Jewish World Review June 27, 2005/ 20 Sivan,
When intolerance stalks faith
I didn't grow up with religious rituals, but my parents, who
were proud of being Jewish, taught me to respect those who did. When a
mischievous redheaded neighborhood boy went into the priesthood, my mother
told him that he was "too good-looking" to be a priest. She felt sorry for
the pretty young girls he would never court. But she taught us by example to
respect his choice of a "higher calling," even though it wasn't our calling.
We were particularly taught not to express anti-religious
sentiments about others. (Jewish humor, after all, mostly makes fun of
Jews.) Christianity was the dominant religion in America, and it got a pass
from public criticism. Protestants and Catholics occasionally feuded with
one another in public. Not until John F. Kennedy convinced voters that he
would govern as an American without consulting the Vatican did that begin to
In the 1960s, American identity was conspicuously tied up with
religious faith, but as an impulse to do good rather than propagate dogma.
The civil rights movement, midwifed by the black church, was borne on the
wings of the religious rhetoric of Martin Luther King Jr., a Baptist
preacher. Rabbis and priests united behind his message. The idea prevailed
that politics was separated from religion, but religion and politics
nevertheless shaped American social values together, challenging
licentiousness dangerous to the state and appealing to a higher ideal to
make the country a better place for everyone.
That's why it's particularly alarming that slurs and innuendo
are used against religious people today. No matter how Howard Dean, chairman
of the Democratic National Committee, tries to wiggle out of the
implications of his remark that the Republican Party is made up of "white
Christians," he expected his remarks to inspire Democrats to contribute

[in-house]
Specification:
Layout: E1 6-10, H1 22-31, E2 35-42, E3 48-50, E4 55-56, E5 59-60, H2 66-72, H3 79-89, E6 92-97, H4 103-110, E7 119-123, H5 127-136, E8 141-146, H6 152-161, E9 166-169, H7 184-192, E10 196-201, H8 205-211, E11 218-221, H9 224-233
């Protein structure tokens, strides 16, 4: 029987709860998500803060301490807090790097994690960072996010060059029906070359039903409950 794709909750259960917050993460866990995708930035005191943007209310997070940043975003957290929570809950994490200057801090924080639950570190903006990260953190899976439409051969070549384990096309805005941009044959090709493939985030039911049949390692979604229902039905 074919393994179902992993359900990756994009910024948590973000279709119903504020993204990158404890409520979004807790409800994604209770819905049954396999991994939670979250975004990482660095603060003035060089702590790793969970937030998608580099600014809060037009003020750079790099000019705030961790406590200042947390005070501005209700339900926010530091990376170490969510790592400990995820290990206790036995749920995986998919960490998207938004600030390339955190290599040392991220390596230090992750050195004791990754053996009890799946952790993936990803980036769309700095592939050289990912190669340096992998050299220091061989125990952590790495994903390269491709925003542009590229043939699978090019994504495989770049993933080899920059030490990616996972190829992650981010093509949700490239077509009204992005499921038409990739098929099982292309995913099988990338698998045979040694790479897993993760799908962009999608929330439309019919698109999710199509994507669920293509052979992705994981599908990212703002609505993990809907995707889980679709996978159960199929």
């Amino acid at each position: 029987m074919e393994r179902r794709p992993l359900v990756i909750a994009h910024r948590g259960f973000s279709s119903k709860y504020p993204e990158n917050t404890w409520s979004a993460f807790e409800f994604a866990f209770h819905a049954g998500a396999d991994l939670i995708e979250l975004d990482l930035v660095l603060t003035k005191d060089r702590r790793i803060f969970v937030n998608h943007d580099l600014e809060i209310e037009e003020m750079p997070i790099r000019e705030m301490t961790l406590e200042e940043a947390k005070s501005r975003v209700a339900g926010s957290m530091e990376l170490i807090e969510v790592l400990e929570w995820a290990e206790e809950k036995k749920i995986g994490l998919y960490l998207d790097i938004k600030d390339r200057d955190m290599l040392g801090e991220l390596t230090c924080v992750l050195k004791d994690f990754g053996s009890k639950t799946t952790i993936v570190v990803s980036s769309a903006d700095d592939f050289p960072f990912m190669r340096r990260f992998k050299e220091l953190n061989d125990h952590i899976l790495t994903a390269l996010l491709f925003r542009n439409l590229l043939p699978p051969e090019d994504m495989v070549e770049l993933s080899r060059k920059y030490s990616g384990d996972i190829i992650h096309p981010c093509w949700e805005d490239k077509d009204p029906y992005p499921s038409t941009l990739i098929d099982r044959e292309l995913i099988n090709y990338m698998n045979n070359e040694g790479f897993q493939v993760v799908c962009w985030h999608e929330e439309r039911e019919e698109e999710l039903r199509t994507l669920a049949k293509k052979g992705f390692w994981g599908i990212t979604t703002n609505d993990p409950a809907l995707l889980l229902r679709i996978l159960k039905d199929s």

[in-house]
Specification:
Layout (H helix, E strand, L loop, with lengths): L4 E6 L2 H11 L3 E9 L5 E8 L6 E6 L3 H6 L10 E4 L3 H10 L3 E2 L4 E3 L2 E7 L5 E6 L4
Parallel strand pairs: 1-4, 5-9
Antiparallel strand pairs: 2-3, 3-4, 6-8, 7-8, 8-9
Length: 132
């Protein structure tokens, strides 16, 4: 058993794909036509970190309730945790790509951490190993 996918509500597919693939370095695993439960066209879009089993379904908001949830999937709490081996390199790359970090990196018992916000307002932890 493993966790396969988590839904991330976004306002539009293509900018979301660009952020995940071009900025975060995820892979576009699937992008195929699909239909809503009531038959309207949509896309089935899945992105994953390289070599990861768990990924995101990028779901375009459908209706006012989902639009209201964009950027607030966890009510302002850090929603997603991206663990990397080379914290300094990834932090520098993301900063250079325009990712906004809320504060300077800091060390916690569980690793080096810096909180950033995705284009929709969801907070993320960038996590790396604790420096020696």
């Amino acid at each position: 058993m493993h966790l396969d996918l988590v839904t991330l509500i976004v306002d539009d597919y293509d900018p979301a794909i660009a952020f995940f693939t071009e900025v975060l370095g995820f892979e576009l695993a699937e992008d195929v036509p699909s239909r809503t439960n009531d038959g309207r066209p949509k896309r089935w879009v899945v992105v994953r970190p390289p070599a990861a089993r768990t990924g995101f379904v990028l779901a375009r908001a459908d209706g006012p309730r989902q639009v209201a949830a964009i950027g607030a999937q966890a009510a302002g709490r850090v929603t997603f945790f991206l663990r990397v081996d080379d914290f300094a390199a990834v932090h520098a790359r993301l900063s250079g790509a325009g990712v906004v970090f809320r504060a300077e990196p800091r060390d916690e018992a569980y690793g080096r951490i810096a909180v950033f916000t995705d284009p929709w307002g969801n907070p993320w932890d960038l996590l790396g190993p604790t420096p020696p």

money to a party willing to shun white Christians, though it's odd that any
politician would knock whites and Christians, who comprise the majority of
voters. Ken Mehlman, the Republican national chairman, hit him where he hurt
with his remark that if the Republicans are all white Christians, "a lot of
folks who attended my bar mitzvah would be surprised."
Hillary Clinton, the star attraction of a fundraiser in Los
Angeles, jeered that Republican leaders are "messianic" in their belief that
they enjoy "a direct line to the heavens." She tried to turn it into a joke
about her own channeling of Eleanor Roosevelt, but realistic Democrats were
not pleased. They understand that she will have to win votes in red states
as a Methodist moderate if she expects to get back to the White House in
Most of us see the absurdity of the principal's decision, but
the debate about vouchers in schools is subtler in its anti-religious
fervor. The Florida Supreme Court heard arguments the other day over whether
vouchers are constitutional if cashed at religious schools. It's an
important case because Florida kids liberated from failing public schools
can now take their tuition voucher to any school of their choice. This puts
religious schools in the mix. Two years ago, 25 percent of the parents of
children with vouchers chose a religious school. Such vouchers especially
help minority children. In the most recent school year, 700 vouchers were
awarded to minority children, 61 percent of them black and 33 percent
Hispanic. Vouchers thus become the civil rights issue of our own time.
How vouchers are used depends on a family's choice, not a bureaucrat's whim, and it's silly to argue that vouchers break down the wall between church and state. Does a state-subsidized senior who chooses a church-affiliated nursing home breach that wall? Vouchers are not about establishing a state-based religion, but empowering parents of moderate means to educate their children as they choose just like parents who can afford private schools.
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